Behaviour Changes

Why does behaviour change?

Dementia occurs with changes in the brain called neurodegeneration (degeneration of the building blocks of the brain). Dementia is a progressive disease meaning that as the neurodegeneration spreads in the brain, symptoms worsen and new symptoms appear. Among these symptoms can be a change in behaviour. Dementia affects behaviour in a different way for every individual, but understanding why these changes occur may help you cope with them. Always discuss with your doctor about your concerns in behavioural changes.

Understanding the changes in behaviours & how to respond to them

When a particular behaviour is reoccurring, try the ABC approach:

Antecedent:

Think back to times when the person has become reactive and think of what events have led to these outbursts. Can you identify any common triggers? These could give you a clue as to what is troubling them.

Behaviour:

Name the behaviour that is happening as a result of these triggers.

Consequence:

Identify what happens when you react in a certain way to the behaviour. Now try to remove the trigger and/or change your response to the behaviour.

Keep in mind that the ABC approach may not always work; do not blame yourself if the distressing behaviour remains.

Behaviour changes and how to respond to them with the ABC Solving Approach are discussed in more details in the following Fact Sheets:







General guidelines for caregivers

There are guidelines you can follow to help manage behavioural symptoms occurring with dementia.

There is no “one-size-fits-all”

An intervention may help in one situation for a particular behaviour and not another. Take what make sense to you, adjust it to your particular situation.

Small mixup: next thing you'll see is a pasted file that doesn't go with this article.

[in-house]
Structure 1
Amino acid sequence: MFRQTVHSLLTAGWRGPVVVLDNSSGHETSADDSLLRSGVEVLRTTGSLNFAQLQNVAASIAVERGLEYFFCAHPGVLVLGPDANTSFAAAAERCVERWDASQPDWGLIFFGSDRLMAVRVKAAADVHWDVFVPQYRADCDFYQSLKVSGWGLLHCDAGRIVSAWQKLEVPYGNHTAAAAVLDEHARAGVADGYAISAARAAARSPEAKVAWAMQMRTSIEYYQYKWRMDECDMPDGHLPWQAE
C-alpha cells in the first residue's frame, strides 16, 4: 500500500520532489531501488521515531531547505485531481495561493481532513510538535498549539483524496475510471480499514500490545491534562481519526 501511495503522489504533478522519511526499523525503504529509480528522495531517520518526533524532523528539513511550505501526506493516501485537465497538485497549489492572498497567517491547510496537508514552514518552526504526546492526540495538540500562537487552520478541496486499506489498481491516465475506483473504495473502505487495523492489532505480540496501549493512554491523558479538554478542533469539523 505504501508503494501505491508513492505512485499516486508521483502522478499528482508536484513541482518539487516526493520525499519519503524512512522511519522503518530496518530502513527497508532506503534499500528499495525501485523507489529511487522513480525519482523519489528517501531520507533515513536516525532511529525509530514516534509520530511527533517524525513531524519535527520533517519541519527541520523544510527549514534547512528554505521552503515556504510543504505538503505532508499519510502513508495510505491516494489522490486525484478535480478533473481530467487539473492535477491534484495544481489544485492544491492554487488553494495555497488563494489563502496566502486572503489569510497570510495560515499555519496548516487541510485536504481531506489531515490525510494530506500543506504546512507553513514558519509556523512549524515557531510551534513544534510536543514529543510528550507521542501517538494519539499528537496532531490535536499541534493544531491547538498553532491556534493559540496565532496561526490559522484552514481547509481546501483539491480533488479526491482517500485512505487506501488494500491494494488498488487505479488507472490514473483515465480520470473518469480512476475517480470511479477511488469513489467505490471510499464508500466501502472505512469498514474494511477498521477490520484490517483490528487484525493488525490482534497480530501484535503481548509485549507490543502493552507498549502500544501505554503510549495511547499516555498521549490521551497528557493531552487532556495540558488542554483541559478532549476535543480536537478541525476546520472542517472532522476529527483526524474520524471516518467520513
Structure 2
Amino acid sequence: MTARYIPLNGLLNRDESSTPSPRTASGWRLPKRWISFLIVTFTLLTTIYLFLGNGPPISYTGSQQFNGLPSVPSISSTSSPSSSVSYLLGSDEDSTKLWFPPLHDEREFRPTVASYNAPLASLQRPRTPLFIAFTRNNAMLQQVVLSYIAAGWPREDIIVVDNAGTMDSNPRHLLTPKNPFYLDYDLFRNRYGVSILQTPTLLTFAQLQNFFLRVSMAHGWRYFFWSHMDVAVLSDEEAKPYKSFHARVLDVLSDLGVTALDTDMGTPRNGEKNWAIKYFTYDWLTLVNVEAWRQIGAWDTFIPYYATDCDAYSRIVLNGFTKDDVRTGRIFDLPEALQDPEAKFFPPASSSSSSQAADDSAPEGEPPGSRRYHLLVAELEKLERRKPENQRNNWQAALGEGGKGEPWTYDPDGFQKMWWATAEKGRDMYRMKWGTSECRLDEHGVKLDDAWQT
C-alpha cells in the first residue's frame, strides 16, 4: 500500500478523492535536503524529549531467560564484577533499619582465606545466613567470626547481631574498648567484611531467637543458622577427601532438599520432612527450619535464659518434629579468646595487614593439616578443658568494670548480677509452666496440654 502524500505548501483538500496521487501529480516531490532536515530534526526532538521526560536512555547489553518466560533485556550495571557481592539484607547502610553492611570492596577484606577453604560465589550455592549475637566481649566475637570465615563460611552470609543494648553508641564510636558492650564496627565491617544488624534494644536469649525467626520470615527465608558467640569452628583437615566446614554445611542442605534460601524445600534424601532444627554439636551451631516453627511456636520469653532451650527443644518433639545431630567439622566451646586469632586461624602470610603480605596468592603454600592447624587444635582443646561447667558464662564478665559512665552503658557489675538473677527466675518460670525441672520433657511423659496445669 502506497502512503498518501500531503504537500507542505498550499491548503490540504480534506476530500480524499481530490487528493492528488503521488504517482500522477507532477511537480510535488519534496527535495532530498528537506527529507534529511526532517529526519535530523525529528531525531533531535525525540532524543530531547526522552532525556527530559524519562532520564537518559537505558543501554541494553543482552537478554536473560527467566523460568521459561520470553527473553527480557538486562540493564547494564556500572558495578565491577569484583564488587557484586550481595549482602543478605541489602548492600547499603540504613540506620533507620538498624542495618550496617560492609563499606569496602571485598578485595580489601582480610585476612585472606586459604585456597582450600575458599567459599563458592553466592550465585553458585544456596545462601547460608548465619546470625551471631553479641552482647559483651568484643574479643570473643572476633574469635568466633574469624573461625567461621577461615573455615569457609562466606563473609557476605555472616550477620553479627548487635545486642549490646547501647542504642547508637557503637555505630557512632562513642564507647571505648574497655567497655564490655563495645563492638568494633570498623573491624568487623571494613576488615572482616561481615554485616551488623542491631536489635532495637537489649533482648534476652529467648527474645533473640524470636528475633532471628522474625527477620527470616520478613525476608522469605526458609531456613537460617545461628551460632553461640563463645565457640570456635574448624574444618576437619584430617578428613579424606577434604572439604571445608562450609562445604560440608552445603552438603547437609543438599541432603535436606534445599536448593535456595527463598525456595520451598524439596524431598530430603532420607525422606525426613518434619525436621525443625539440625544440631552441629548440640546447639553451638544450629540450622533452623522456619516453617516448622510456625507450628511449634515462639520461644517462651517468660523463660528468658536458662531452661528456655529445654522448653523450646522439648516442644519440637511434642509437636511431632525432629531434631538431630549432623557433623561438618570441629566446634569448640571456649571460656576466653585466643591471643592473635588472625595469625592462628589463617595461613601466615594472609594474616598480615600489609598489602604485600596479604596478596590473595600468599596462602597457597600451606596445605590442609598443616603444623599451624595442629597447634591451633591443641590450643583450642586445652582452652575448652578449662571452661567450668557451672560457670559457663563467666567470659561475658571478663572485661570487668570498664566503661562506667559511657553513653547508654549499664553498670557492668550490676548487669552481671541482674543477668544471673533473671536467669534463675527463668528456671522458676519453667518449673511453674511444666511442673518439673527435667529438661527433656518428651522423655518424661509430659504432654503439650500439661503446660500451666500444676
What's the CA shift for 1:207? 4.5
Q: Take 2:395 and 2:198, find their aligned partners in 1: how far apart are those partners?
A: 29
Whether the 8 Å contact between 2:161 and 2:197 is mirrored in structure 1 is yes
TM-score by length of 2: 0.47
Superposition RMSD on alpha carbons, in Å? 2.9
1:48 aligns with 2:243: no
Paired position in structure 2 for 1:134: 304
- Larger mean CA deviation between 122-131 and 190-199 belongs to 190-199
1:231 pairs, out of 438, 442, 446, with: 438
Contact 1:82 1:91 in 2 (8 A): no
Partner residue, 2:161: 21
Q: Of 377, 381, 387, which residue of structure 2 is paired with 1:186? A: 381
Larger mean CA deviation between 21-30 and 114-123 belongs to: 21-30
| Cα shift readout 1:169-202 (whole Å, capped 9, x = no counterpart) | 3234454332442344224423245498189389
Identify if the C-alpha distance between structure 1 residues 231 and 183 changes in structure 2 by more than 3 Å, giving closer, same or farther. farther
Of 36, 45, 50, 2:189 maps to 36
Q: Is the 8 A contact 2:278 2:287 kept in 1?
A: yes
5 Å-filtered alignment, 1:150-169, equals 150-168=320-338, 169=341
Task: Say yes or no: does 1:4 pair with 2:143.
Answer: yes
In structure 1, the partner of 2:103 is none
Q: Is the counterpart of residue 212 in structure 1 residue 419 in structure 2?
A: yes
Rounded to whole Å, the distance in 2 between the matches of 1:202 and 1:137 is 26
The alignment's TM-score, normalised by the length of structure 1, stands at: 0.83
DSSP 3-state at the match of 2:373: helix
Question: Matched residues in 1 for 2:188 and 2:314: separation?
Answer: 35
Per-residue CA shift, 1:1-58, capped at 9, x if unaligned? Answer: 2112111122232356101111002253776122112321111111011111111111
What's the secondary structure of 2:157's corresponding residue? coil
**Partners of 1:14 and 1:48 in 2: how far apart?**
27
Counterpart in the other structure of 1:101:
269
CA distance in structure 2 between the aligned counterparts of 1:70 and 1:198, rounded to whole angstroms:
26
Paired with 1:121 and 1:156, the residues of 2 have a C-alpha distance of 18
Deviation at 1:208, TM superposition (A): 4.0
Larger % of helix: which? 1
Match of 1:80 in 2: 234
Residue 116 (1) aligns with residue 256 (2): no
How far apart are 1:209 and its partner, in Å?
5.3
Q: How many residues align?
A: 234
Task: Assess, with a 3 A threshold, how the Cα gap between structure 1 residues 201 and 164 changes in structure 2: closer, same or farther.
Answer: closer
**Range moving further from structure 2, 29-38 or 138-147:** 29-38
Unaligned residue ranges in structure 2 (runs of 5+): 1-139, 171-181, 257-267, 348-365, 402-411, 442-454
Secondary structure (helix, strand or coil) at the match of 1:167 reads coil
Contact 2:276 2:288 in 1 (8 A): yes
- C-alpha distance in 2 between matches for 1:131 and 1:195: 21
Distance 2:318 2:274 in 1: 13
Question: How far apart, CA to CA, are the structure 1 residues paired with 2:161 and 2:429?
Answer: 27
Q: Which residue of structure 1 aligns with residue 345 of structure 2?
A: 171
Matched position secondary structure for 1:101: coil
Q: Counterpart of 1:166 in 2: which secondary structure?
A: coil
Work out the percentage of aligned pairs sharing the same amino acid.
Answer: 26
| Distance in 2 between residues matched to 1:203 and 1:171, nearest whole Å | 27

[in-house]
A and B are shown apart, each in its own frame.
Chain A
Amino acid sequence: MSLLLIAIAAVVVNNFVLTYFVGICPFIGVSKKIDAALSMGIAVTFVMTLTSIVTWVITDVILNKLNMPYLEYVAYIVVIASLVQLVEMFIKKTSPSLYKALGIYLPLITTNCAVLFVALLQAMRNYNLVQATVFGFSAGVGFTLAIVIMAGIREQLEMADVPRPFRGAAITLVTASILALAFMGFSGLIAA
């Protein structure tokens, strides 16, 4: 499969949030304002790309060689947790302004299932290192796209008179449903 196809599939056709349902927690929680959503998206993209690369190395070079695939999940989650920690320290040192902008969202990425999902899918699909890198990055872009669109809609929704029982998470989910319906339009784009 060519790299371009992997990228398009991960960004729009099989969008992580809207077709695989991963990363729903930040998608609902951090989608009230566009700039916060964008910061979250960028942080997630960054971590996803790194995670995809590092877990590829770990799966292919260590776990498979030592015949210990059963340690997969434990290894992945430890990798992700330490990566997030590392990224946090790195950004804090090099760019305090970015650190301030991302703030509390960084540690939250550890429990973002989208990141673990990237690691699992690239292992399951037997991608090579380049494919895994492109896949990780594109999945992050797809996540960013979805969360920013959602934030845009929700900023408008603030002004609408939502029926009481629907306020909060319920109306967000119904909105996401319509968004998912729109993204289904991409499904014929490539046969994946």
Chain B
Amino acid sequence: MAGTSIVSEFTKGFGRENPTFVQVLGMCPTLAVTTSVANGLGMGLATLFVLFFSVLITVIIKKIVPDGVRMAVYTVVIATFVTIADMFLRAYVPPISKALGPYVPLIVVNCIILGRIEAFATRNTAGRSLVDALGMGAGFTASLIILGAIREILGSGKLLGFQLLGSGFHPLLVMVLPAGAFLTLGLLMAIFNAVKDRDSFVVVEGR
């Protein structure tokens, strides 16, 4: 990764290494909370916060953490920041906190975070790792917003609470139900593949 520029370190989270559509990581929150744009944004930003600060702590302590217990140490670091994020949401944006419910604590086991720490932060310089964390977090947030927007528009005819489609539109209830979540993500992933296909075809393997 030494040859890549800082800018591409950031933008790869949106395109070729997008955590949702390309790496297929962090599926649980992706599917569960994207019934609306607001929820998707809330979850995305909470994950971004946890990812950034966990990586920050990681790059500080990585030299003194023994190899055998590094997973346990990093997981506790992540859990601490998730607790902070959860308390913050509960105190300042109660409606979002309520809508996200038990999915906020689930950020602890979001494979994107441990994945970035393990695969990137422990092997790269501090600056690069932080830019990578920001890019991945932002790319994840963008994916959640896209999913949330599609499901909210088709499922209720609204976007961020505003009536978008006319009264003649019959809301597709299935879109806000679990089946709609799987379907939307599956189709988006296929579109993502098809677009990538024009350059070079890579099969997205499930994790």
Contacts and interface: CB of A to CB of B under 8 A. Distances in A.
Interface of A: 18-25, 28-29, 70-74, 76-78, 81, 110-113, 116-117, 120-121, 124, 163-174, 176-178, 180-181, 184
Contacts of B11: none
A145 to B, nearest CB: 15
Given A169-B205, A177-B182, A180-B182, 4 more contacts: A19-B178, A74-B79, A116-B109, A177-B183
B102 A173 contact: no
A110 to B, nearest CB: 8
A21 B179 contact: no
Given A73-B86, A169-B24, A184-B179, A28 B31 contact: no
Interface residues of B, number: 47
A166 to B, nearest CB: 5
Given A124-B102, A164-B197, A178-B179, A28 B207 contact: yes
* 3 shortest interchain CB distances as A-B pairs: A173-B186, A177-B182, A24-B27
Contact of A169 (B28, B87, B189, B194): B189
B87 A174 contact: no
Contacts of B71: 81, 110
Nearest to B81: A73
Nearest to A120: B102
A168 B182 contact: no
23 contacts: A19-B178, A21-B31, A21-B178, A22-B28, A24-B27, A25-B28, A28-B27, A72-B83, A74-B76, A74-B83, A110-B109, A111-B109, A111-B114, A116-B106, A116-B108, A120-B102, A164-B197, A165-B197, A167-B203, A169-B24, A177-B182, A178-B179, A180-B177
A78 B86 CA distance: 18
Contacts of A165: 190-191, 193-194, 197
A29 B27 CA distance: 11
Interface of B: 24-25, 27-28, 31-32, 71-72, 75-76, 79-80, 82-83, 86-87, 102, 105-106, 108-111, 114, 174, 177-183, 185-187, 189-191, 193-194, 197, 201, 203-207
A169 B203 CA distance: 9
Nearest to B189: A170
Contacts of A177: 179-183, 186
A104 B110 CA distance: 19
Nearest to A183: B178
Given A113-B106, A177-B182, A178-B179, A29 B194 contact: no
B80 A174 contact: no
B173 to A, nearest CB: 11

Behavioural symptoms in dementia are not out of will

The person with dementia is not being deliberately difficult: don’t take it personally. Stay calm, be patient and do your best.

A behavioural symptom may be an attempt to communicate an unmet need

Reduce unmet needs by:

  • Seeing your doctor regularly to check the person with dementia’s health
  • Ensuring the person with dementia gets enough rest and is appropriately fed
  • Minimizing sensory loss: keep prescription up to date
  • Paying close attention to when the behaviours appear, identifying triggers and removing or reducing them as possible

Keep the person with dementia busy, in company and entertained

Avoid boredom, loneliness, understimulation.

Behavioural symptoms management should be focused on ensuring safety and wellbeing

  • Accept their limitations: expecting the person with dementia to behave properly is like demanding someone who had hip replacement to join us in jogging
  • Explanation won’t help the person with dementia understand, won’t improve their memory or orientation, but may cause anger, confusion, frustration, low self-esteem and trigger behavioural symptoms
  • Validate their feeling and redirect to other activities

Notify your doctor

  • Other medical causes for behavioural symptoms in dementia must be explored: interactions between medications, side-effects of medication, infections, comorbid depression, psychosis, etc.
  • Your doctor may advise on strategies
  • Helps your doctor monitor the progression of the disease
  • May indicate the need for medication

Take care of yourself

It is important for you and to offer the best care to the person with dementia.

Non-pharmacological approaches should be first-line treatments

  • Old age and dementia decrease drug’s efficiency and increase drug’s adverse effect
  • Be informed about risks and advantages
  • General rule: lowest possible dose, for the shortest possible time

Behaviour changes and how to respond to them are discussed in more details in the following Fact Sheets:



















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